SIMPLIFYING IS DIFFICULT

home library with books

Cleaning out the study of a loved one with Alzheimer's is just another difficult task for caregivers.

Today I started cleaning the office.  While it has a corner for my computer, it has always been Ken’s room – his den – inherited when the last of our boys left home.  It’s filled (as I have mentioned before) with his things: collections by the score, memorabilia from his youth, school, Navy days and of course his Marathon and fun run awards.  And books; we can’t forget the books: college books, history books, WWII books, a few novels, lots of Navy books, and binders filled to overflowing with what was important to him.  They all seem to look down upon me as I work, perhaps asking, “What now?”

Alzheimer’s is such a perplexing disease.  Our son Kenney dropped by to say hello this afternoon.  Reaching out to shake his father’s hand, Ken didn’t even look at him, but said, “No.” I tried to get his attention so he would at least glance up and smile at his son, but he didn’t.  “He looks good,” said Kenney.  And he does.  Other than that disconnected gaze often found in their eyes AD patients look very good, and normal.  So normal in fact that as I began cleaning the thought raced through my mind, “What if he wakes up tomorrow and the AD is gone.”  What if he came into the office remembering everything and asked what I had done with his engineering books, his drafting and building books, his Architectural Graphic Standards?  What would I say?  I know it’s never happened: a return from the bottomless pit of Alzheimer’s, nor do I believe it will happen, at least not in our lifetime.  Nevertheless, I sometimes find myself wondering “what if?”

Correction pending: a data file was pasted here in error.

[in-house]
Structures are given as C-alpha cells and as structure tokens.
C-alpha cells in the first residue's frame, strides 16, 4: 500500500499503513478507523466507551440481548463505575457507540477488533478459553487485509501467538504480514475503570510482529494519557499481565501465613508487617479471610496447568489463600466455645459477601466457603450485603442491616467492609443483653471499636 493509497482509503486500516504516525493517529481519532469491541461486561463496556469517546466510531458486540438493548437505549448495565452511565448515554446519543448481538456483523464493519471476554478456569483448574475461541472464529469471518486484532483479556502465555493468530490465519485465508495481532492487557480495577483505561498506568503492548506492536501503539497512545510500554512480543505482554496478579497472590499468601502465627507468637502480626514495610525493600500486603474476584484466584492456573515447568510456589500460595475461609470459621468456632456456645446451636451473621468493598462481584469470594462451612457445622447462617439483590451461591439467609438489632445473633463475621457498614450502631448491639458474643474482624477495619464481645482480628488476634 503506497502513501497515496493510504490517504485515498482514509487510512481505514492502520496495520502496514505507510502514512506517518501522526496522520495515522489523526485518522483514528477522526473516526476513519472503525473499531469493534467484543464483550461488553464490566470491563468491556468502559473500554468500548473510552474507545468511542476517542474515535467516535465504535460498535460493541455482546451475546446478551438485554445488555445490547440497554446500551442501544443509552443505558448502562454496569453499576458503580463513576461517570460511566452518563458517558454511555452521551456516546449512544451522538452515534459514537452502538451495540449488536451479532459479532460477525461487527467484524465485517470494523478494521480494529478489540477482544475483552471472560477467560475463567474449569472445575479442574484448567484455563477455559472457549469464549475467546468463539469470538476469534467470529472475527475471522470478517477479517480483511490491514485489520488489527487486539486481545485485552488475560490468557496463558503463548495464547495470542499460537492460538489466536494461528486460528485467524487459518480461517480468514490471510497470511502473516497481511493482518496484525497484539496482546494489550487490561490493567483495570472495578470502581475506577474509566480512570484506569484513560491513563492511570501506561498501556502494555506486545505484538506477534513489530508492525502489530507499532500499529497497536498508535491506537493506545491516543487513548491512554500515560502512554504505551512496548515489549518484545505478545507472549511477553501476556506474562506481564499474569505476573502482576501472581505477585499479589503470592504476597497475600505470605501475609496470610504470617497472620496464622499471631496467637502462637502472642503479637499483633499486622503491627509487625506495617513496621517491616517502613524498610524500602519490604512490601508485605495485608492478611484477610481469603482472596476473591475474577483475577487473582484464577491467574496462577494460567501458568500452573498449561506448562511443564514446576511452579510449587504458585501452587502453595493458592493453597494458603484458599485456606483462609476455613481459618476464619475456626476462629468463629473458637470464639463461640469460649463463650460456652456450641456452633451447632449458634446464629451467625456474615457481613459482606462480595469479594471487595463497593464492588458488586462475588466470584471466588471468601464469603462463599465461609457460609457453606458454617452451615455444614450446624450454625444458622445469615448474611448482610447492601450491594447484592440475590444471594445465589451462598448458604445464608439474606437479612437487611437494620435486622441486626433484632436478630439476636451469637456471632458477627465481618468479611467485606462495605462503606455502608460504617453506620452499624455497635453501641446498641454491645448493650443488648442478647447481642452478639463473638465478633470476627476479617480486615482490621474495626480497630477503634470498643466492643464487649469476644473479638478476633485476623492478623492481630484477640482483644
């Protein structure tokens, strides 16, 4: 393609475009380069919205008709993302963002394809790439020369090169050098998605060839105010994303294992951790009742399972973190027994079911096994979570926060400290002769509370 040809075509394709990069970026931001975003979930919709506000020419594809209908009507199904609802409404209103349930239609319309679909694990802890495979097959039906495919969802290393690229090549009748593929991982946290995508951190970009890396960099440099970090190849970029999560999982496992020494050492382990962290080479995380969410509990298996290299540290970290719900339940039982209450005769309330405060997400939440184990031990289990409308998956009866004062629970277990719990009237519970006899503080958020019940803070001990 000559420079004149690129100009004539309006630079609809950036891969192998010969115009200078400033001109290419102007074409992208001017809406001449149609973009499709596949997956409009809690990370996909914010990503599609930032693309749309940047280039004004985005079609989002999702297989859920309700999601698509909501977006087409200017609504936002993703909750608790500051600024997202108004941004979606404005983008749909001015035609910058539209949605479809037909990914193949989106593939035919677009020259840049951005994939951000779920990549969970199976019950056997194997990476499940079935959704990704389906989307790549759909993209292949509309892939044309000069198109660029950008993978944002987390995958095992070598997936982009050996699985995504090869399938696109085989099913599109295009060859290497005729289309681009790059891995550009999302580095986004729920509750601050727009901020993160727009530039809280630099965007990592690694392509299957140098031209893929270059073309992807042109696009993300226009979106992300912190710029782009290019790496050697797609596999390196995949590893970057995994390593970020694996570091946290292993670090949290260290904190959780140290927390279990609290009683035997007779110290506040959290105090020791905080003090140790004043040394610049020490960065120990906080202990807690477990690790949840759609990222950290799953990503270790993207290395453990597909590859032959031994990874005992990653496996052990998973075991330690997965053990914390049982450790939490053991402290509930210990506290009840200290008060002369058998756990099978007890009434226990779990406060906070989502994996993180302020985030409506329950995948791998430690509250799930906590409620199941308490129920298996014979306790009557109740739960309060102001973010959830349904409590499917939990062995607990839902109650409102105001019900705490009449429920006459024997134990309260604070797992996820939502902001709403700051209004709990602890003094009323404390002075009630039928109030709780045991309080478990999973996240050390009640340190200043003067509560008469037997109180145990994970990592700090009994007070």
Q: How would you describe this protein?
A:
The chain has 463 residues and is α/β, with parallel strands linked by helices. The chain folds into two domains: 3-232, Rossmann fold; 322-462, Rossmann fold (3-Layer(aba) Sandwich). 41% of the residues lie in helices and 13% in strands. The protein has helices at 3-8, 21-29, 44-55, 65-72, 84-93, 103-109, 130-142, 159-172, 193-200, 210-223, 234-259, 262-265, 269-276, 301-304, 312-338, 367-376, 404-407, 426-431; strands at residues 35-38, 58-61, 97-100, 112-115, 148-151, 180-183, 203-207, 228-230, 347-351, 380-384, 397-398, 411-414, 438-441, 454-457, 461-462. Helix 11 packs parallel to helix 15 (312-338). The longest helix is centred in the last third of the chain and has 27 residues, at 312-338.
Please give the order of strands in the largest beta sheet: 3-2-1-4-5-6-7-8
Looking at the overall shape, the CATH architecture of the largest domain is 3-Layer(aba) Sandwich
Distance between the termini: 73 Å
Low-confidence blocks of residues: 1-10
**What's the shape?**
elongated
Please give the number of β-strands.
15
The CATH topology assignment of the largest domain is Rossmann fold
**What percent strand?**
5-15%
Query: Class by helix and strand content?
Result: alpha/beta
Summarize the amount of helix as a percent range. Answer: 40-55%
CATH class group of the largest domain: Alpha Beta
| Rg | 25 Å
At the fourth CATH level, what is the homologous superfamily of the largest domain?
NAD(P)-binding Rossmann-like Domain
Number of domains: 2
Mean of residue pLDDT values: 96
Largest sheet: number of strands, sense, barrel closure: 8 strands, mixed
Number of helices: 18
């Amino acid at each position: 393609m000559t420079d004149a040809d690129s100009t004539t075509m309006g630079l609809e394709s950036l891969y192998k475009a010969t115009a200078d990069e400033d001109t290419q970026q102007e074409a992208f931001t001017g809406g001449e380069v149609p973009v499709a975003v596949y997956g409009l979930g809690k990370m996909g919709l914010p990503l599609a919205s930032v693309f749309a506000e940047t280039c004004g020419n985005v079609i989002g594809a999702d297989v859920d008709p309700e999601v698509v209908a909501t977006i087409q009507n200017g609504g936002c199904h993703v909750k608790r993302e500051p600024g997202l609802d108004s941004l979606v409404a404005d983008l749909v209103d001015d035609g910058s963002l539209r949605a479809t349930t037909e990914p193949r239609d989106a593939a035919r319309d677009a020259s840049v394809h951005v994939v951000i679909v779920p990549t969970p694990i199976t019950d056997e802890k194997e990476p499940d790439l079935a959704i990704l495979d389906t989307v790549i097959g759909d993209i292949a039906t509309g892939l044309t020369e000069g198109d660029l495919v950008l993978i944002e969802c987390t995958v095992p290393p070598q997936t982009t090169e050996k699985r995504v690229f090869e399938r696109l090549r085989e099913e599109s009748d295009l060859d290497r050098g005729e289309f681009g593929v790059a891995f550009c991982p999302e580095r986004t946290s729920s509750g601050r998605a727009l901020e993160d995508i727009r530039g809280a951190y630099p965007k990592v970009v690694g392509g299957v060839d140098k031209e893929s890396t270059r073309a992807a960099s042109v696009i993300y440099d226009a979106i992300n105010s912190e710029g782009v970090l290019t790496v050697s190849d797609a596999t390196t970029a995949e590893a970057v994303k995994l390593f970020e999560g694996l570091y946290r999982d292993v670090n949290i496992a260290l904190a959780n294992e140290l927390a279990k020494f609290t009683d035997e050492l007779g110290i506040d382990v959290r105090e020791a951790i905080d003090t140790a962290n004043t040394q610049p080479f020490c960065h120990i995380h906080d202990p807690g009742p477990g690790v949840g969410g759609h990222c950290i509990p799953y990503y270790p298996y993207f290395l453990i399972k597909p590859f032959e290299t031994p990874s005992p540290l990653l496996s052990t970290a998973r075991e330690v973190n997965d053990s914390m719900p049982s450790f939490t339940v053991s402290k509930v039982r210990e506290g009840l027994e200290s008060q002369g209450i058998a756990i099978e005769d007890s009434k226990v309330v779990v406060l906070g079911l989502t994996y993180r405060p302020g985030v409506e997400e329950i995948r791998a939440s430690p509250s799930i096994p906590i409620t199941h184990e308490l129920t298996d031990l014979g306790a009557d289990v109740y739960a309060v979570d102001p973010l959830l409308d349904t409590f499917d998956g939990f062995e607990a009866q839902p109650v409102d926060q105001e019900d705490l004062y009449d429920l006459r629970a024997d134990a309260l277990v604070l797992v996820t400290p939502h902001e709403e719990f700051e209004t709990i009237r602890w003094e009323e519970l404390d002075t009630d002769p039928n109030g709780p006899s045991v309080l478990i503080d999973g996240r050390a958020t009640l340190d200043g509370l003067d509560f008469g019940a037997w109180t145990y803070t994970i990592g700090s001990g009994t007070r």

Is that the reason I’ve delayed for so long to sort through a lifetime of collections and dispose of what will never be used again – even some personal items — at least not by Ken, and then asking, “What can be used by someone else?” Questions we mull over and over when downsizing. I glanced at some of the publication dates knowing full well the books were obsolete, and even if he were still Ken, most likely they would never be opened much less read.  Even he would have to admit they were outdated.  But they were his and he liked seeing them on the shelf – they were part of him – who he was and what he did.  The drafting books?  Even I know drafting is all done with computers – CADs as they are called – computer-aided drawings.  So it was almost with force that I persevered and sorted out that one section of books – with more to happen at a later date.

My friend, Bob, who had visited the earlier part of the year as he celebrated the life of his deceased wife Julie with all who knew her, called to say that he was home and his journey was complete. We talked about all of these chores that needed our attention, and Bob said that his next goal was to simplify his life.   He planned on sorting his books; technical books from his past, just like Ken, which he had always planned to review or read again, but now he needed to be honest with himself knowing that he never would.  So he planned to take them all to a place where they would be shredded and sent on to be recycled.